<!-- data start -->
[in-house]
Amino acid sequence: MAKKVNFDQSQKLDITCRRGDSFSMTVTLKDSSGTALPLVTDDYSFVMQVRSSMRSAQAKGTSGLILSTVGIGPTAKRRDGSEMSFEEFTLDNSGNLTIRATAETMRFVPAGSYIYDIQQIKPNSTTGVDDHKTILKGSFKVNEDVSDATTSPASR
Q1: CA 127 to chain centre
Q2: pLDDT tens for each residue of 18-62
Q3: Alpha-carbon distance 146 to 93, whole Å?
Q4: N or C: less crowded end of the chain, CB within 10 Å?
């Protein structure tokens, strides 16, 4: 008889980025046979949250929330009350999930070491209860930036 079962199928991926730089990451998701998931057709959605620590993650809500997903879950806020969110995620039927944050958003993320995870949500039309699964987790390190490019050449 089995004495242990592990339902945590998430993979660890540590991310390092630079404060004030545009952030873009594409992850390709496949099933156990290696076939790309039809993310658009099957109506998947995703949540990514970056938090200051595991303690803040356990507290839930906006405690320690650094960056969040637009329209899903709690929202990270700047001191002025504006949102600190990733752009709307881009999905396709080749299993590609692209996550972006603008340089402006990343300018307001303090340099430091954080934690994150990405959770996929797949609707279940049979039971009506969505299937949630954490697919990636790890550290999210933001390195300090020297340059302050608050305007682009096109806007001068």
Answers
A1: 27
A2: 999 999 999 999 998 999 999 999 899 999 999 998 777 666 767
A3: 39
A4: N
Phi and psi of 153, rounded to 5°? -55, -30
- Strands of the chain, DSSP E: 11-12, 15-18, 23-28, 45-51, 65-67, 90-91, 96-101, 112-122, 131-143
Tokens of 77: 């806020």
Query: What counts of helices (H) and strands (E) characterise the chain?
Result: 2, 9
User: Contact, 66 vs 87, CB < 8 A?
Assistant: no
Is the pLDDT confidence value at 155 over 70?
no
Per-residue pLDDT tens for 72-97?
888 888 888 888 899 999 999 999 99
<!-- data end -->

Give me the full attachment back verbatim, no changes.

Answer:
[in-house]
Amino acid sequence: MAKKVNFDQSQKLDITCRRGDSFSMTVTLKDSSGTALPLVTDDYSFVMQVRSSMRSAQAKGTSGLILSTVGIGPTAKRRDGSEMSFEEFTLDNSGNLTIRATAETMRFVPAGSYIYDIQQIKPNSTTGVDDHKTILKGSFKVNEDVSDATTSPASR
Q1: CA 127 to chain centre
Q2: pLDDT tens for each residue of 18-62
Q3: Alpha-carbon distance 146 to 93, whole Å?
Q4: N or C: less crowded end of the chain, CB within 10 Å?
């Protein structure tokens, strides 16, 4: 008889980025046979949250929330009350999930070491209860930036 079962199928991926730089990451998701998931057709959605620590993650809500997903879950806020969110995620039927944050958003993320995870949500039309699964987790390190490019050449 089995004495242990592990339902945590998430993979660890540590991310390092630079404060004030545009952030873009594409992850390709496949099933156990290696076939790309039809993310658009099957109506998947995703949540990514970056938090200051595991303690803040356990507290839930906006405690320690650094960056969040637009329209899903709690929202990270700047001191002025504006949102600190990733752009709307881009999905396709080749299993590609692209996550972006603008340089402006990343300018307001303090340099430091954080934690994150990405959770996929797949609707279940049979039971009506969505299937949630954490697919990636790890550290999210933001390195300090020297340059302050608050305007682009096109806007001068």
Answers
A1: 27
A2: 999 999 999 999 998 999 999 999 899 999 999 998 777 666 767
A3: 39
A4: N
Phi and psi of 153, rounded to 5°? -55, -30
- Strands of the chain, DSSP E: 11-12, 15-18, 23-28, 45-51, 65-67, 90-91, 96-101, 112-122, 131-143
Tokens of 77: 């806020």
Query: What counts of helices (H) and strands (E) characterise the chain?
Result: 2, 9
User: Contact, 66 vs 87, CB < 8 A?
Assistant: no
Is the pLDDT confidence value at 155 over 70?
no
Per-residue pLDDT tens for 72-97?
888 888 888 888 899 999 999 999 99